It was also noted that patrons should continue to maintain social distancing, wear face coverings and businesses should frequently disinfect high-touch areas.

The Calvert County Board of County Commissioners announced Thursday that the county will also enter Phase Two, effective 5 p.m. Friday. Protective health guidelines and social distancing should still be followed.

Calvert County’s government is open, but buildings remain closed to the public. County playgrounds, basketball courts and skate parks will reopen to the public Friday.

Starting Monday, the county’s public transportation will operate with regular service along all routes. Saturday transit service will still be canceled until further notice. Residents must cover their faces on buses, and riders per vehicle will still be limited.

More Coronavirus News

Looking for more information? D.C., Maryland and Virginia are each releasing more data every day. Visit their official sites here: Virginia | Maryland | D.C.

Hogan on protests after George Floyd’s death

Hogan called the killing of 46-year-old Minneapolis man George Floyd while in police custody a “senseless murder … which has served as yet another reminder that we still have a long way to go to live up to our nation’s highest ideals.”

Hogan said he was “incredibly proud” of the example the city of Baltimore set for the rest of the country during their protests.

“We’re one of the only cities in America that did not have lots of violence and looting and burning — and it’s because the police and the community leaders and the protesters were working together very, very well, and I think that’s a great sign,” Hogan said.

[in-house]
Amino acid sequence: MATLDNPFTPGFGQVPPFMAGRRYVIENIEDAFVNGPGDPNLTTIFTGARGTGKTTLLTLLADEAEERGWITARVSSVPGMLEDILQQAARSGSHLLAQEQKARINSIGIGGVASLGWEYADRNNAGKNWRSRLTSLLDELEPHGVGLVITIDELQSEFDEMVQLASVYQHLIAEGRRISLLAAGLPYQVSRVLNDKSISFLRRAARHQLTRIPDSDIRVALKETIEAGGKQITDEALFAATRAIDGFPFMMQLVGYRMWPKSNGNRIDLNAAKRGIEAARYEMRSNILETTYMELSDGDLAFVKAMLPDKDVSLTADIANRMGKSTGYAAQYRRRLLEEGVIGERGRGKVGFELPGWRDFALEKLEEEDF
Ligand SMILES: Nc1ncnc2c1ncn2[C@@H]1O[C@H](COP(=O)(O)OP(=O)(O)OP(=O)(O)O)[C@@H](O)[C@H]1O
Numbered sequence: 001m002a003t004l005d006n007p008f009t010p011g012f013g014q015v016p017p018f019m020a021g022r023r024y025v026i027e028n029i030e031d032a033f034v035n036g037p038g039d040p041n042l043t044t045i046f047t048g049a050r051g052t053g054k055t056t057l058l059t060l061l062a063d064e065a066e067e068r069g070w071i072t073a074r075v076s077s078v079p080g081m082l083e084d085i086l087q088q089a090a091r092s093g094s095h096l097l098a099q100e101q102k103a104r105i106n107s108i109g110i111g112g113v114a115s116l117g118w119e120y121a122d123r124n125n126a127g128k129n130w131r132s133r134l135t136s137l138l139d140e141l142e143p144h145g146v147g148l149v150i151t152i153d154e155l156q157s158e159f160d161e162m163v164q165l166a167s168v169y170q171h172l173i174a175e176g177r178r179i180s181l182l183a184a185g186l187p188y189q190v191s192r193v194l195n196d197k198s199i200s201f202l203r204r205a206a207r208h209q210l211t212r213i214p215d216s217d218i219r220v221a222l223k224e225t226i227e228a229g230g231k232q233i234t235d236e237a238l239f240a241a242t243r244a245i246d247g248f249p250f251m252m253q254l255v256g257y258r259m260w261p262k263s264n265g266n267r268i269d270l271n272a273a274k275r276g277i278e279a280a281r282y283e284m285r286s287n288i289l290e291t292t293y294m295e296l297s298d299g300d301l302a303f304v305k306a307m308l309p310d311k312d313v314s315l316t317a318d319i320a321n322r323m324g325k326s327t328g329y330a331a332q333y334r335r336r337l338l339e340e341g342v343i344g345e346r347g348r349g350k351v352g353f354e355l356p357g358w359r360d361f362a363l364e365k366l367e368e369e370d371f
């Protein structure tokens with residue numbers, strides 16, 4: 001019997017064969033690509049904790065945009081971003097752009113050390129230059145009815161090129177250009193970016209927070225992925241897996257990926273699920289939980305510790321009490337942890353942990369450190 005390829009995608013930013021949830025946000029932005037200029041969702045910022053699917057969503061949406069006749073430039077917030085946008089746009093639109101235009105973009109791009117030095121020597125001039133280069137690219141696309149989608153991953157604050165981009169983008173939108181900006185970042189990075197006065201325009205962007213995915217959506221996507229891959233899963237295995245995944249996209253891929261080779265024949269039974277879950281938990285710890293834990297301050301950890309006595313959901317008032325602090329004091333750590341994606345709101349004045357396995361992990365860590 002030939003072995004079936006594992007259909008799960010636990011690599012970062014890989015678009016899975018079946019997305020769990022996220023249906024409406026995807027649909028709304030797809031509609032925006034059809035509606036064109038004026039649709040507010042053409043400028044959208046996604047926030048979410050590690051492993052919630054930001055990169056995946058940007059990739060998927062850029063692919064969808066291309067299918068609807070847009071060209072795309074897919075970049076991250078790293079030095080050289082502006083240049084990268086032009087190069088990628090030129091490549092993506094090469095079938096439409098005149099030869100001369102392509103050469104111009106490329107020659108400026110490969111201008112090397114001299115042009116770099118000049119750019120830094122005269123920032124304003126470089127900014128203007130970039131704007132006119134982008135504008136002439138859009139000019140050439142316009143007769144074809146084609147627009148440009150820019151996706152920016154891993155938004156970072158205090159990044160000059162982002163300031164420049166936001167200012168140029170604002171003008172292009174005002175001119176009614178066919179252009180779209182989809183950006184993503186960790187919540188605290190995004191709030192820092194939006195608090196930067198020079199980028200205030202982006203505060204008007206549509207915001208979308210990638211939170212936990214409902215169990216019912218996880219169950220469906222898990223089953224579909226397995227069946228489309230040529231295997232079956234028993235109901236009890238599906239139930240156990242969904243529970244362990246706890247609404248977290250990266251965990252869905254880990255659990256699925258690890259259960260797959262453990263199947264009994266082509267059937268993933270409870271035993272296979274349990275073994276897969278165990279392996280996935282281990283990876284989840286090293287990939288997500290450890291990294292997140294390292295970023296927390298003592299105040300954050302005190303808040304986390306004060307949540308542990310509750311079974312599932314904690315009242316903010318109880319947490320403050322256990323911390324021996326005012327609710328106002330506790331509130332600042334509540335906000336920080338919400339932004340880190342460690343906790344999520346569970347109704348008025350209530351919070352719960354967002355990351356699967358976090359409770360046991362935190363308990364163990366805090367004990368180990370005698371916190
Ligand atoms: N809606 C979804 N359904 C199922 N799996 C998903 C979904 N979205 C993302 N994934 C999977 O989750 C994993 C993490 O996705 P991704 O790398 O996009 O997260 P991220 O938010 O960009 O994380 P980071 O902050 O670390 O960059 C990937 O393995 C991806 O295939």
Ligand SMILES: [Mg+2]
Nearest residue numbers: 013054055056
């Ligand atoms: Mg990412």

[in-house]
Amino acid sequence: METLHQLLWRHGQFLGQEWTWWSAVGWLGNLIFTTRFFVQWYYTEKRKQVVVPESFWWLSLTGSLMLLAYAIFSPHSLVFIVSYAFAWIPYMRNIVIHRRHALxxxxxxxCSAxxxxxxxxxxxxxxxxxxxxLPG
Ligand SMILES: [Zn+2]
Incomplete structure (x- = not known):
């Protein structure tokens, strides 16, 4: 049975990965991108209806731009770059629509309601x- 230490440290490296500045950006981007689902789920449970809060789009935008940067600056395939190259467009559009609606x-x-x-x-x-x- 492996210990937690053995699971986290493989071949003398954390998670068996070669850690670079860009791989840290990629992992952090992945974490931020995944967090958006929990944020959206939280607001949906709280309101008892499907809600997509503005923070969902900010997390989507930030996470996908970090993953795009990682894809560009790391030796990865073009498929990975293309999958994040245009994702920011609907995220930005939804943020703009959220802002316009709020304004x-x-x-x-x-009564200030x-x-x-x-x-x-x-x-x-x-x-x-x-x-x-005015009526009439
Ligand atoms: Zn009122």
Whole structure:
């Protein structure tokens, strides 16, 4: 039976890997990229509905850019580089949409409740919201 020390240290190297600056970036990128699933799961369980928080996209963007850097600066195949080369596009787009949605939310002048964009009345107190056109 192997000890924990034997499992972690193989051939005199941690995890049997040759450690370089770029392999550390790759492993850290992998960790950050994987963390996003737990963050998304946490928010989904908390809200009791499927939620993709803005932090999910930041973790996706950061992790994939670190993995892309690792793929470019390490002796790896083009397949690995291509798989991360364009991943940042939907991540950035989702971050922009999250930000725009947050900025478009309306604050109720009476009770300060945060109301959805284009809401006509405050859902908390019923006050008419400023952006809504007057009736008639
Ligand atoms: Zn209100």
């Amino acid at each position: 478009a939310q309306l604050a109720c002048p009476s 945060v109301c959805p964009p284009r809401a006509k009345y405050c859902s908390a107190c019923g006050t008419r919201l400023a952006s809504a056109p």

When asked about the incident where police used pepper spray and other tactics to force protesters away from St. John’s church near Lafayette Square in D.C. so that President Donald Trump could pose for a photo, Hogan said it was “the opposite response” that his administration has taken to dealing with protests.

Hogan said that those taking part in protests should seek out a testing site to get checked for COVID-19.

“I am concerned that so many people are gathered closely together,” Hogan said. “And we have free coronavirus testing widely available in every jurisdiction, and I would encourage people that if you were in close proximity with a whole lot of people that you should take advantage of that and get one of these available tests.”

“I would also encourage — particularly a lot of young people out in that crowd — to just be careful,” Hogan said. “I wouldn’t be hugging grandma until you get one of these tests.”

WTOP’s Colleen Kelleher contributed to this story.

Zeke Hartner

Zeke Hartner is a digital writer/editor who has been with WTOP since 2017. He is a graduate of North Carolina State University’s Political Science program and an avid news junkie.